The First 30 Days
Walter Willett, PhD
Professor of epidemiology and nutrition at Harvard University
Willett: We have collected dietary data on more than 250,000 men and women for a period of 25 years now. What we know is that the major causes of diseases in our country—cancer, cardiovascular disease, stroke, diabetes—are not genetic factors, as so many people believe and use as an excuse, but diet and lifestyle factors. We have documented that unhealthy diet and lifestyle account for more than 80 percent of heart disease, 90 percent of type 2 diabetes, and more than 70 percent of stroke and colon cancer.
Based on your research, what do you recommend people change first?
Willett: It obviously depends on what they are doing at the moment, but at the top of the list: Stop smoking. After that, some combination of increasing physical activity and healthy dietary change.
We ask people to replace unhealthy fats with healthy fats, and unhealthy carbohydrates with healthy forms of carbohydrates—basically eliminate or at least decrease margarines containing trans-fats, commercial deep-fried food, and commercial baked goods. Also, red meat and dairy fat are the major sources of saturated fat—so limiting those is a very good idea.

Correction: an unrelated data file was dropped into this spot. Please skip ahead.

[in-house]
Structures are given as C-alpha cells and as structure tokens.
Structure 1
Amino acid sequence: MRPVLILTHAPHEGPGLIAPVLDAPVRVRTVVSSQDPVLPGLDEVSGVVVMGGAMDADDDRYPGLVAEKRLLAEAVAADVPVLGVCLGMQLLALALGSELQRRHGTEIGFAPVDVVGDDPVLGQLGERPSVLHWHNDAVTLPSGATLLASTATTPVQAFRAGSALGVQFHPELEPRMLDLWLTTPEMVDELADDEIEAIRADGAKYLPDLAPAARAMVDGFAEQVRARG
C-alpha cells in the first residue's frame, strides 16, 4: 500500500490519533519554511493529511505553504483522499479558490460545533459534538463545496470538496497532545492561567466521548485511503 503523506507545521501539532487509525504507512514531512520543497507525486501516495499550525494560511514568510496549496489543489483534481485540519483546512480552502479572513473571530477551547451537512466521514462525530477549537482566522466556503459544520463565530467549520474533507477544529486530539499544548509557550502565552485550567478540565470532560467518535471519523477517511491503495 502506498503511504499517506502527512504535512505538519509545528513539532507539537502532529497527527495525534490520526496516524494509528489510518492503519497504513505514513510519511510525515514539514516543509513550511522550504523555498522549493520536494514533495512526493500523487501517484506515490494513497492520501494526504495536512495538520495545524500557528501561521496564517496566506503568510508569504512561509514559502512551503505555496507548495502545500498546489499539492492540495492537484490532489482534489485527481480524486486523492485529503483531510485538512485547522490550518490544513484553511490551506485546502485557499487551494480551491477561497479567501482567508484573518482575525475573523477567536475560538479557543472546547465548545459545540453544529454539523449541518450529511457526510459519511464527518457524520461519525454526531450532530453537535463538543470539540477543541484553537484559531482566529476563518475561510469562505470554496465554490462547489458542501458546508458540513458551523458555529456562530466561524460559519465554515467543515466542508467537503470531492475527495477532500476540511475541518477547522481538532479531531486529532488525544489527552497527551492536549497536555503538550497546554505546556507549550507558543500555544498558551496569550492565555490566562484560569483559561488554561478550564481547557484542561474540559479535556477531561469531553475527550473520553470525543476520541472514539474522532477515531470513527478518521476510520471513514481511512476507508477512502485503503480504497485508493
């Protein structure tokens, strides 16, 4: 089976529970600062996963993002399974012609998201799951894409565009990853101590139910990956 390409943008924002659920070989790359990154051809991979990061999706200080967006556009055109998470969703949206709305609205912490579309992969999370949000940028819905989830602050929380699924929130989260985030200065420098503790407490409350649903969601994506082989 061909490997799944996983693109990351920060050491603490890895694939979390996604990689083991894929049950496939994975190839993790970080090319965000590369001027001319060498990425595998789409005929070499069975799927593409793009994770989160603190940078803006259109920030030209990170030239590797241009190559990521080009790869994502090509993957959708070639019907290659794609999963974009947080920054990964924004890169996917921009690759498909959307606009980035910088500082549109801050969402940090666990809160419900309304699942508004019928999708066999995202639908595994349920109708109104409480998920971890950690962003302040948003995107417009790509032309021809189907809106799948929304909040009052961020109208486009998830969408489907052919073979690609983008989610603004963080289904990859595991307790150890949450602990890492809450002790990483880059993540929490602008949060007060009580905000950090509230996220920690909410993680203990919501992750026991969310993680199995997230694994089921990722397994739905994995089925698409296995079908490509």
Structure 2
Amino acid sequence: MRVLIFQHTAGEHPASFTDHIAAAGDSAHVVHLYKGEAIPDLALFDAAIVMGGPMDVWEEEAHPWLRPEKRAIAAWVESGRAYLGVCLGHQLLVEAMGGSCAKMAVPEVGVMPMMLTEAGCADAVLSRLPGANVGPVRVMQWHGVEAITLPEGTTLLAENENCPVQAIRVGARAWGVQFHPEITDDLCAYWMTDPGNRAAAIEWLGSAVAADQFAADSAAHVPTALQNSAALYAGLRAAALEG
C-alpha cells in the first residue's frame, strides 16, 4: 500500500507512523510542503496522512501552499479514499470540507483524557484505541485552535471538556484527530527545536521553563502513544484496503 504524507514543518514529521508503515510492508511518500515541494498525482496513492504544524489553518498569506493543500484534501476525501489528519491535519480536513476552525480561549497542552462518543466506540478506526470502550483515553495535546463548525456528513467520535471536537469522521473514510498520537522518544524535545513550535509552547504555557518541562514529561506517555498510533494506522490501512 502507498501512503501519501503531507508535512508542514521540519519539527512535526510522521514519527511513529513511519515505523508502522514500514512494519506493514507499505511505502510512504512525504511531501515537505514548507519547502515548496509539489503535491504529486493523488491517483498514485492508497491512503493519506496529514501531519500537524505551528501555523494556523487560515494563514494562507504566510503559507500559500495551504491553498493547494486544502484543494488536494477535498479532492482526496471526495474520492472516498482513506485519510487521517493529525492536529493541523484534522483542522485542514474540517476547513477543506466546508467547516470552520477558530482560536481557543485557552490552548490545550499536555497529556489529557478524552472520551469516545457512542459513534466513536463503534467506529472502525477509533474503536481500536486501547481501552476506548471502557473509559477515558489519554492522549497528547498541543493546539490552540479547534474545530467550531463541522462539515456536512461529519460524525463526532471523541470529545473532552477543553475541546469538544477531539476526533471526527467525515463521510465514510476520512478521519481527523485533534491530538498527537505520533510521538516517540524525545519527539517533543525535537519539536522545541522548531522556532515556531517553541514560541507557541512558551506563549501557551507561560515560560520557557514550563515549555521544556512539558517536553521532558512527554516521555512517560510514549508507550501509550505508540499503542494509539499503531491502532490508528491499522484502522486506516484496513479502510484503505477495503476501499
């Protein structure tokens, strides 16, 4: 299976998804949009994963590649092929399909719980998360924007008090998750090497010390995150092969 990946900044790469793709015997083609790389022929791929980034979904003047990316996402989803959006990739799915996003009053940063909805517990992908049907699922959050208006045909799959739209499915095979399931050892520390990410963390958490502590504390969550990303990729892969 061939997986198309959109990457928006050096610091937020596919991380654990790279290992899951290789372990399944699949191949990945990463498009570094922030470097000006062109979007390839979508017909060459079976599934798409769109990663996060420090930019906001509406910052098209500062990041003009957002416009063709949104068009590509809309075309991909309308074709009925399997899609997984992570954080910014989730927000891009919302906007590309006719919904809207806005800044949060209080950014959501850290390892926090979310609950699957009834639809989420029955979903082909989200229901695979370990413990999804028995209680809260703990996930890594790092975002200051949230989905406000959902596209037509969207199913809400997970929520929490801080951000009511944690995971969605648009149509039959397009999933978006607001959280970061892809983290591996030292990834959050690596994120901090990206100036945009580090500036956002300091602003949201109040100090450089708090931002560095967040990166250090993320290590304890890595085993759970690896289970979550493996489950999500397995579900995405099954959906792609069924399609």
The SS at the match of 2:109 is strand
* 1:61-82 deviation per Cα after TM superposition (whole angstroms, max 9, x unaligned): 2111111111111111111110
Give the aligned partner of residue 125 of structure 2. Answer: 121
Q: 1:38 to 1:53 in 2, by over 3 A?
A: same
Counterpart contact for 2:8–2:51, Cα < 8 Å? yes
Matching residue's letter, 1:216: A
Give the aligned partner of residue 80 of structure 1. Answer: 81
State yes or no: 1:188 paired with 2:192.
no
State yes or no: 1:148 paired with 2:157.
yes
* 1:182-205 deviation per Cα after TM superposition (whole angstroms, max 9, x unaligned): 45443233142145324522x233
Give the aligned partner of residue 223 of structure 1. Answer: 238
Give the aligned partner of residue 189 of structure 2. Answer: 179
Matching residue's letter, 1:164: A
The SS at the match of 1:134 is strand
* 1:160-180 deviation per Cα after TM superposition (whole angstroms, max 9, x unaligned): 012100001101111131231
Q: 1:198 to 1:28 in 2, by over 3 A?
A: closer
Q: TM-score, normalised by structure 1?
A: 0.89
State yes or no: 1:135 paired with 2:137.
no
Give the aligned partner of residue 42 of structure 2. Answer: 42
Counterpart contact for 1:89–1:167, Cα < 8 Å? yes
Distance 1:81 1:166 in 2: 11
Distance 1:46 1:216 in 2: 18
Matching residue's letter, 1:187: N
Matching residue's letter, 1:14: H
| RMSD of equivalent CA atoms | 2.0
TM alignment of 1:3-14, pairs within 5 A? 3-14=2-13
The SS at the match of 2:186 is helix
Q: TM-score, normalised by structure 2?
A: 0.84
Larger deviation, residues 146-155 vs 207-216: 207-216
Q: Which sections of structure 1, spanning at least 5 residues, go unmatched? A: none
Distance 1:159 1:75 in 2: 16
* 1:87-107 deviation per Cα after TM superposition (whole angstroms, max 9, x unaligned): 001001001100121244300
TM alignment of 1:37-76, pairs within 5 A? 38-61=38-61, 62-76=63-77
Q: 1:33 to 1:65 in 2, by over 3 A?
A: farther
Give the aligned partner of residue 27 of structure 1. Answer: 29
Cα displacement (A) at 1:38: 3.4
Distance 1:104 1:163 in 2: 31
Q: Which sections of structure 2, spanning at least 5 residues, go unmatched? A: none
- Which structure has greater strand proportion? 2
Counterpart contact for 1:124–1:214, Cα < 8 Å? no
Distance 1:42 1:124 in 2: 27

In terms of carbohydrates: The unhealthy carbohydrates include sugar, which we consume as a nation in huge amounts in soda, beverages, snacks, desserts, and refined starches. Some people focus on removing only sugar, which is a mistake because refined starches (like white bread, white rice, white pasta) behave almost identically to sugar metabolically, and they also contain very low amounts of nutrients and low amounts of fiber. If we replace those with whole grain, high-fiber carbohydrates, which include brown rice, whole grain bread, oatmeal, and less familiar kinds of carbohydrates such as barley and quinoa, then you win twice because you are getting rid of something bad and replacing it with something that has health benefits.